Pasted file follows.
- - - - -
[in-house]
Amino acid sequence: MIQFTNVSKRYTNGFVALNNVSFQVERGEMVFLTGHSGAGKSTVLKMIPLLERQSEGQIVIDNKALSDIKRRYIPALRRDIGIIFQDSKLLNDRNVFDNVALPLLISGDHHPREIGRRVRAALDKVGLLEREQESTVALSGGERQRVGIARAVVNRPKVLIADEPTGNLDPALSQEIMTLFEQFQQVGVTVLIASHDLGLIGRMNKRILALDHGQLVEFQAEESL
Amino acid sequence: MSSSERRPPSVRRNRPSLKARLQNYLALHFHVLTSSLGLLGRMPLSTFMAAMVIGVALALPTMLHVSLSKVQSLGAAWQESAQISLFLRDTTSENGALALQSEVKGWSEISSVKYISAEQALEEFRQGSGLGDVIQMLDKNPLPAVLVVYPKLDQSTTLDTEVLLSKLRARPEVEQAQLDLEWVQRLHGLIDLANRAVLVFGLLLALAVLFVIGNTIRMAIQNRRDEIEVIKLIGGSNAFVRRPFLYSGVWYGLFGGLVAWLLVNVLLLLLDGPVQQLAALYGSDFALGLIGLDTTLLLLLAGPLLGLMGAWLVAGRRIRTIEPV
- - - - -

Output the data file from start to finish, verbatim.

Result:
[in-house]
Amino acid sequence: MIQFTNVSKRYTNGFVALNNVSFQVERGEMVFLTGHSGAGKSTVLKMIPLLERQSEGQIVIDNKALSDIKRRYIPALRRDIGIIFQDSKLLNDRNVFDNVALPLLISGDHHPREIGRRVRAALDKVGLLEREQESTVALSGGERQRVGIARAVVNRPKVLIADEPTGNLDPALSQEIMTLFEQFQQVGVTVLIASHDLGLIGRMNKRILALDHGQLVEFQAEESL
Amino acid sequence: MSSSERRPPSVRRNRPSLKARLQNYLALHFHVLTSSLGLLGRMPLSTFMAAMVIGVALALPTMLHVSLSKVQSLGAAWQESAQISLFLRDTTSENGALALQSEVKGWSEISSVKYISAEQALEEFRQGSGLGDVIQMLDKNPLPAVLVVYPKLDQSTTLDTEVLLSKLRARPEVEQAQLDLEWVQRLHGLIDLANRAVLVFGLLLALAVLFVIGNTIRMAIQNRRDEIEVIKLIGGSNAFVRRPFLYSGVWYGLFGGLVAWLLVNVLLLLLDGPVQQLAALYGSDFALGLIGLDTTLLLLLAGPLLGLMGAWLVAGRRIRTIEPV